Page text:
Anthony Stavrianakis, anthropologue, CNRS, Laboratoire d’ethnologie et de sociologie comparative (LESC), UMR 7186, Maison René Ginouvès (MAE), 21 allée de l’Université, 92023, Nanterre
- Key words: assisted suicide, norms, psychiatry, social action, trial
- DOI : 10.1684/sss.2018.0126
- Page(s) : 93-117
- Published in: 2018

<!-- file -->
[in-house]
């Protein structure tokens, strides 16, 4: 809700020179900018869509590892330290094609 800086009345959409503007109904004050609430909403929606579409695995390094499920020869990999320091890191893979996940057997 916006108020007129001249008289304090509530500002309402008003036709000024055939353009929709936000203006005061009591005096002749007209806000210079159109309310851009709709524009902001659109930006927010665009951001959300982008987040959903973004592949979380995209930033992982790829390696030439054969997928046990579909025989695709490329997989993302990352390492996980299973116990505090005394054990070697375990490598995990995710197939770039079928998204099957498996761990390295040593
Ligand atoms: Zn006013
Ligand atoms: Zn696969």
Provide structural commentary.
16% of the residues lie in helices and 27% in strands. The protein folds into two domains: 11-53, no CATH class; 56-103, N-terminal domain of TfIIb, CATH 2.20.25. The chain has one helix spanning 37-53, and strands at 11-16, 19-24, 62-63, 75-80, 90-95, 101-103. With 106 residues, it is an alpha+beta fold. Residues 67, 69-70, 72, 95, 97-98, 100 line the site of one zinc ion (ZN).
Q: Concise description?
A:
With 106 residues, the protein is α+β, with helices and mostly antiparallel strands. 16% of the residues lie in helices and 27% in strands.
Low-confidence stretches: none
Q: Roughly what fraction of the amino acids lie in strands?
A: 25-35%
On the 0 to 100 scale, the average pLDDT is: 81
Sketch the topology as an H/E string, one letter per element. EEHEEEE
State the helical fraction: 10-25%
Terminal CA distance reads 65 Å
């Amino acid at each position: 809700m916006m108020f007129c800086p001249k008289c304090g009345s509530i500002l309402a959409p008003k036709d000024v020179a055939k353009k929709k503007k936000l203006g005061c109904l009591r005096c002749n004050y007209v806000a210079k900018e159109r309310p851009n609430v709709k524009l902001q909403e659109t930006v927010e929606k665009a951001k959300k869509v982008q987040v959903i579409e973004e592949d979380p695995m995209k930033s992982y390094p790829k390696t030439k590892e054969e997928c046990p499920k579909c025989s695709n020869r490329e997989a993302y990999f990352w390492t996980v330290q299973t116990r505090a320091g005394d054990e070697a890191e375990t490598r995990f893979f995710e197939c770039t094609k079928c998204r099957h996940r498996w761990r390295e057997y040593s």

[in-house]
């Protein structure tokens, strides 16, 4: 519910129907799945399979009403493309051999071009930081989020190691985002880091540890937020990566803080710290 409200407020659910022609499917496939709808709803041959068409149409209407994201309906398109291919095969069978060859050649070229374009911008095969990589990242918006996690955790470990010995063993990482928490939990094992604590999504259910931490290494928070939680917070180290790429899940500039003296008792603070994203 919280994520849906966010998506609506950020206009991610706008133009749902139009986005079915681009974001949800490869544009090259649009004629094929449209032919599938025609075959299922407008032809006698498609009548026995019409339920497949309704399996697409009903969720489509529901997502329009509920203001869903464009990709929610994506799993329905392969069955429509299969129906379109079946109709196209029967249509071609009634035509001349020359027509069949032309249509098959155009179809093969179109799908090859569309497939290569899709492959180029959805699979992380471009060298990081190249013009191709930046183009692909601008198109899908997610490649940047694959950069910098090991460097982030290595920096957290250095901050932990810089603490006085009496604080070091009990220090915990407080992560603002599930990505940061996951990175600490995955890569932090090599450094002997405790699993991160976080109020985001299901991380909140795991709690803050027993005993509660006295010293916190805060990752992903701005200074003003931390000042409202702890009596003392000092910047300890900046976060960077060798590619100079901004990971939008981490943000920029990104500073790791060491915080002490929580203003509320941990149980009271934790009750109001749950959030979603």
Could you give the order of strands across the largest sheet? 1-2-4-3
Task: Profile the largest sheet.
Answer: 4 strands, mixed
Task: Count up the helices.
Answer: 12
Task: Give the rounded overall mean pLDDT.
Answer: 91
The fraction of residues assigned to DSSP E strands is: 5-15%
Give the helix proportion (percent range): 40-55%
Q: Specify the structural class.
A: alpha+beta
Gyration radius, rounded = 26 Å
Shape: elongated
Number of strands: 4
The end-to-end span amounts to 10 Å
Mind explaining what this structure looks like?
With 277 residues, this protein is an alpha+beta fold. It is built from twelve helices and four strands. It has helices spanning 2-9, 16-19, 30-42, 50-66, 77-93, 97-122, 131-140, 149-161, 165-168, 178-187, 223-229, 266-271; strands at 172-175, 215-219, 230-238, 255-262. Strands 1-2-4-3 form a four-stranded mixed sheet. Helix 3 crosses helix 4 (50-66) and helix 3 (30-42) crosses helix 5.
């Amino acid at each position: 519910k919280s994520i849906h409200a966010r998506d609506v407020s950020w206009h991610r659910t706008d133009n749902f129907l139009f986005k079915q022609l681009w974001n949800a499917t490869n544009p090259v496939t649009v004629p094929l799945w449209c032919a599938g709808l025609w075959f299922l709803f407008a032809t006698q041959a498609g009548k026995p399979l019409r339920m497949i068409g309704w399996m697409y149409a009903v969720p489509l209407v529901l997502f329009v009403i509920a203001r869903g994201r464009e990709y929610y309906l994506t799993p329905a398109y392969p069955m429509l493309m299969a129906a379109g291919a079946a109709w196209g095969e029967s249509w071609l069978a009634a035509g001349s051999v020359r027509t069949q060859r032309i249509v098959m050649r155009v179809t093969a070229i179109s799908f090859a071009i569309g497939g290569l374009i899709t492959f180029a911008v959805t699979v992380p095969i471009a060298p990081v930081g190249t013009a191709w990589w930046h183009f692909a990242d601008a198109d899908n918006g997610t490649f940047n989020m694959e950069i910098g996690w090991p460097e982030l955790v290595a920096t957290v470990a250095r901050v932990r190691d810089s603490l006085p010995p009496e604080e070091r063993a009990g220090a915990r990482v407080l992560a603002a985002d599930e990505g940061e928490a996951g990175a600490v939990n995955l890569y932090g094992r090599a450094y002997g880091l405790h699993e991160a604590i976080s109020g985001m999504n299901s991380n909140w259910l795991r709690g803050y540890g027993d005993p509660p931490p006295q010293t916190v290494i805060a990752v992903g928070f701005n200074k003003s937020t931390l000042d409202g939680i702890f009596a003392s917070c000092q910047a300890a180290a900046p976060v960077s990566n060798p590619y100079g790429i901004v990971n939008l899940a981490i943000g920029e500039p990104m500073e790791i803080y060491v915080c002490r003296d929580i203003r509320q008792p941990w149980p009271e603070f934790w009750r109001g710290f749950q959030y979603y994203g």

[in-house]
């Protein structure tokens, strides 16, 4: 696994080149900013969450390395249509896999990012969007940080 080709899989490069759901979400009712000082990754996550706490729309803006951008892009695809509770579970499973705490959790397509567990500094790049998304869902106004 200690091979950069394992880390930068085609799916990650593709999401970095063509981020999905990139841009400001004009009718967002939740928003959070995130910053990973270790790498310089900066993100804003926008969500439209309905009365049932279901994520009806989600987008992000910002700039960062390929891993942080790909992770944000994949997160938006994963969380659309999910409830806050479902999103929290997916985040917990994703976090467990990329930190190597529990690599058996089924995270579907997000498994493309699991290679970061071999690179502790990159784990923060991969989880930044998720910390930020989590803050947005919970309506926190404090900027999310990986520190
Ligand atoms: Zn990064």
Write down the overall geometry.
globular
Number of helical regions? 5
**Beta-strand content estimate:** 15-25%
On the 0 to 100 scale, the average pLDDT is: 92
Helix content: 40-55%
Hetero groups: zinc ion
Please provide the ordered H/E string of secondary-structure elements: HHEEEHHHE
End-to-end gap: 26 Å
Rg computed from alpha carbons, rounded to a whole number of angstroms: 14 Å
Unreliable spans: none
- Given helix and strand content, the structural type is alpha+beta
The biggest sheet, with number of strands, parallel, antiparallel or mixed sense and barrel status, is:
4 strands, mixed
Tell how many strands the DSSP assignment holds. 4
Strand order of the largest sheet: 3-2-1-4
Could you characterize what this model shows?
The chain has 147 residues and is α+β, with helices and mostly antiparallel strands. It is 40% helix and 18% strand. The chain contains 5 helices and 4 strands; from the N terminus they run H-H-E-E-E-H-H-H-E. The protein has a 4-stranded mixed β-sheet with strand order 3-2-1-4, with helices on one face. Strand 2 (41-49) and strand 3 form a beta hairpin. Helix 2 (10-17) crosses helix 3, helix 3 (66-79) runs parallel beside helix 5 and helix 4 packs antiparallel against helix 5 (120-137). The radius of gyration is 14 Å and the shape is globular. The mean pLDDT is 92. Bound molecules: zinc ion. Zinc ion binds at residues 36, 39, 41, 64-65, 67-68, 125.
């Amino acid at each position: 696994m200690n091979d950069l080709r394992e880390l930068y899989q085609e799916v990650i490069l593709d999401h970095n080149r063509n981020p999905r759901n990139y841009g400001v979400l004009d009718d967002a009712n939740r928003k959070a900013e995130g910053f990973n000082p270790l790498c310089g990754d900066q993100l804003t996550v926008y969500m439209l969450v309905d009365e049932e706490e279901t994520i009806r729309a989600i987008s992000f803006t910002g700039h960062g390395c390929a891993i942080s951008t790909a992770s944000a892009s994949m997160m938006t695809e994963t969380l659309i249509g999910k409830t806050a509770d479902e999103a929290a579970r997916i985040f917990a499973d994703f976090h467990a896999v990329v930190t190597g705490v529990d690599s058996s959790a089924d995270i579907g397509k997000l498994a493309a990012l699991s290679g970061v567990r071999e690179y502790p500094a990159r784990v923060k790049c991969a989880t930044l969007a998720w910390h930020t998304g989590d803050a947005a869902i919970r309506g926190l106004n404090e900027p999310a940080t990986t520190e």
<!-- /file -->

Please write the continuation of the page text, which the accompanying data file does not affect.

In Switzerland, assisted suicide developed outside of medical and juridical spaces, through activist associations. In the 1990s, intense confrontations between associations and the medico-administrative authorities led to the adoption of a moratorium on assisted suicide for people with mental disorders. It is in this context that a criminal trial was instituted against the psychiatrist Peter Baumann who broke this moratorium by helping an individual, Andreas U, to put an end to his life. The article highlights the heterogeneity of the positions of the actors involved in this case in terms of assessing Andreas U's capacity for discernment, the nature of the assessment made by Baumann, and the legitimacy of his actions. Through the study of the transformations of judgments rendered, from the first instance to the cantonal Parliament, the article illuminates tensions within the Swiss model of assisted suicide.